Electoral College, a bygone institution

“For diehard Democrats holding out hope that they won’t have to live through a Trump presidency, there is a last, incredibly long shot for them latch on to — a surprise twist in the Electoral College. Though Hillary Clinton won the popular vote by 200,000, Trump has won the minimum of 270 electoral votes necessary to be elected president. As of late Wednesday, he had 290 to Clinton’s 228. According to the Constitution, chosen electors of the Electoral College are the real people who will vote for president, when they meet on Dec. 19 in their respective state capitals. However, there is nothing stopping any of the electors from refusing to support the candidate to whom they were bound or by abstaining … ” – New York Post

As of yesterday, CNN put the popular vote figures at 47.5% Trump and 47.7% Clinton. It’s a small margin but it’s there. Hillary won the popular vote. Yet our “modern day” election system is based on an archaic historic election system rendering the votes “for the people and by the people” obsolete. It’s time to change this.

While the electoral college had its uses back in history, it’s use is questionable now. It does not serve the people. It serves the ruling class. This is not a democracy.

While we can still appeal to electors to change their votes before December 19th when they meet, this is a longshot.

Another longshot, but a worthwhile cause, is abolishing the electoral college once and for all.

Created  in 1787, the Electoral College supersedes the popular vote by organizing votes on a state-by-state basis. Historians say it was created as means to protect slavery (according to WGBH).  Hillary Clinton is the fourth president to lose the White House because of the Electoral College, despite having more votes.In a recent poll by the Metro News, 75 percent of readers said the presidency should be determined by the popular vote.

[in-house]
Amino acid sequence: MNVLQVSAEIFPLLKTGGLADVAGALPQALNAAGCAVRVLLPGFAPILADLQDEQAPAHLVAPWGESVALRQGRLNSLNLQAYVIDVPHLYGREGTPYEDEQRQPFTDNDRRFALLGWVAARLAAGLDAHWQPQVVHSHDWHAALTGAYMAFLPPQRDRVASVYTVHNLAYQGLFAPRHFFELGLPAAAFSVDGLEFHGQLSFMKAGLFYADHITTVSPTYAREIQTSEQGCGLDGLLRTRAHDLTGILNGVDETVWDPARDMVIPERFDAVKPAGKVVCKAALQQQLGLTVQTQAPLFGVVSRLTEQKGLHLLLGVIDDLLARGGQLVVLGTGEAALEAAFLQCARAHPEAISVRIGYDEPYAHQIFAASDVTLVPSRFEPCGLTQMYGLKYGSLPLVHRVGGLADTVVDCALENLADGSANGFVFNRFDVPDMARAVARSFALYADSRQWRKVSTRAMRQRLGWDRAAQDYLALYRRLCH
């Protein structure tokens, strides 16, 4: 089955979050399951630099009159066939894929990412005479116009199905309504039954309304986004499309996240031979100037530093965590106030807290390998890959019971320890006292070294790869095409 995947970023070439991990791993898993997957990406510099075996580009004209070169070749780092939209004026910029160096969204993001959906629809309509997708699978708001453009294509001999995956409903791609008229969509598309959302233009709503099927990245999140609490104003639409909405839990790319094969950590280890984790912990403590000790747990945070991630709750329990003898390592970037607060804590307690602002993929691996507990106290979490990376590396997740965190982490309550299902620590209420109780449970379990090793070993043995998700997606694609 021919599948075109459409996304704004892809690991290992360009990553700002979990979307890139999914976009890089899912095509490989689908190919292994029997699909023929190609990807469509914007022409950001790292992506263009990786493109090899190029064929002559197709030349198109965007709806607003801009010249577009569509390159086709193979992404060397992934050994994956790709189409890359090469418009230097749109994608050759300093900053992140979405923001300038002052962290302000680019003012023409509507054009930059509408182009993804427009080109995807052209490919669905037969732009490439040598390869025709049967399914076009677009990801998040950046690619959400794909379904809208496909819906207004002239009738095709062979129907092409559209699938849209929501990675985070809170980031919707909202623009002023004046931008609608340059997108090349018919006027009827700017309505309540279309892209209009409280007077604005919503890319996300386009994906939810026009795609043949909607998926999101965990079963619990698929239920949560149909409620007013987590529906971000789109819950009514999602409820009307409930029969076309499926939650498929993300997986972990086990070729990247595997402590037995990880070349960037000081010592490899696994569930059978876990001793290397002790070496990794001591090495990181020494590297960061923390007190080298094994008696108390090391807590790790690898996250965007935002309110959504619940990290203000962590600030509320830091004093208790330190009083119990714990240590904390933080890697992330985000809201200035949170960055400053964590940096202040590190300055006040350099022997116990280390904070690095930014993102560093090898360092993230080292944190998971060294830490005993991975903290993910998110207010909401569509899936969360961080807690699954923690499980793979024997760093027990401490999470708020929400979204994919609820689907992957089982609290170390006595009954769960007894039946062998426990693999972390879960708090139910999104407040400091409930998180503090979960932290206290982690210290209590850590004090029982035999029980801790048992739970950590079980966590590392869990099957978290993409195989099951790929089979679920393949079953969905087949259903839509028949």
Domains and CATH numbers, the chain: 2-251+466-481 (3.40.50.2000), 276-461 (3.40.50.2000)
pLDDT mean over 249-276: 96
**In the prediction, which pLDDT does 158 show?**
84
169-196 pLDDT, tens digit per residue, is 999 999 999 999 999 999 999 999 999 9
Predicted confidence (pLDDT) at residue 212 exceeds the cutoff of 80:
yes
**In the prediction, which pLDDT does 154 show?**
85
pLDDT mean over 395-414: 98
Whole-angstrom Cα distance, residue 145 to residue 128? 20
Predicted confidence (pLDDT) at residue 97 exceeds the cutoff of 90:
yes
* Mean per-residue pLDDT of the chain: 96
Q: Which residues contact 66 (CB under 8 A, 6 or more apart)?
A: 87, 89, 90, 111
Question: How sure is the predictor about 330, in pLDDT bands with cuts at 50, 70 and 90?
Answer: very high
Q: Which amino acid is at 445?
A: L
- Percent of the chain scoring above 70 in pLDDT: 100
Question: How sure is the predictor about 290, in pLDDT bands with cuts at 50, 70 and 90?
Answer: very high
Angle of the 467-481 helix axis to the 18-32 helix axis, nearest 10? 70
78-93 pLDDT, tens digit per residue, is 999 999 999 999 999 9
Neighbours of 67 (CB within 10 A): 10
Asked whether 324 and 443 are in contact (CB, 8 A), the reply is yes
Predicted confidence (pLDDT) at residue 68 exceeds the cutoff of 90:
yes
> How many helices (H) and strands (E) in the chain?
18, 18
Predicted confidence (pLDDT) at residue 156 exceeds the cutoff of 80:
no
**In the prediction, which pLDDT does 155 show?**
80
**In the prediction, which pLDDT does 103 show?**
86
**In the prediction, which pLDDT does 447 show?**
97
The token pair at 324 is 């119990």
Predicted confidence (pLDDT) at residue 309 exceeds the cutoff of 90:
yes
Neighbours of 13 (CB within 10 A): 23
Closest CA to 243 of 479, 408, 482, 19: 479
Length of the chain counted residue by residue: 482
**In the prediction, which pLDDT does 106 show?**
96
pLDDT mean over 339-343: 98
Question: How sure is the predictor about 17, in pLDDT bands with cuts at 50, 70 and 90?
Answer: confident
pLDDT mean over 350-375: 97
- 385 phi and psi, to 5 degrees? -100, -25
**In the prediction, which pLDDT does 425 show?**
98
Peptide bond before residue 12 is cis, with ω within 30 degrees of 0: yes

It would seem difficult to end something long revered as a cornerstone of our country’s history, but its time. And it can be done. The Electoral College is enshrined in the 12th Amendment of the U.S. Constitution, and therefore requires a constitutional amendment, outlined in Article 5. Congress can propose an amendment with a two-thirds majority vote in both the House of Representatives and the Senate or by a constitutional convention called for by two-thirds of the state legislatures.It must be ratified by the legislatures of three-fourths of the several states, or by conventions in three-fourths.Finding a majority in a victorious Republican-held government might be a problem, though, but in two years there will be another election and more members could be swapped out.

In 2005, Representative Gene Green from Texas introduced the Every Vote Counts Amendment. The text of it reads  “Proposing an amendment to the Constitution of the United States to abolish the electoral college and to provide for the direct popular election of the President and Vice President of the United States.” This is what a government “for the people and by the people” should be. I understand the electoral college has its place in history. Perhaps we could retain it and give them a symbolic vote, but currently our system gives the people only a symbolic vote, ad that is not a democracy.

I personally spent the morning calling and writing to senators and representatives to reconsider the Every Vote Counts amendment, and I will continue pushing this agenda even if it takes another four years.

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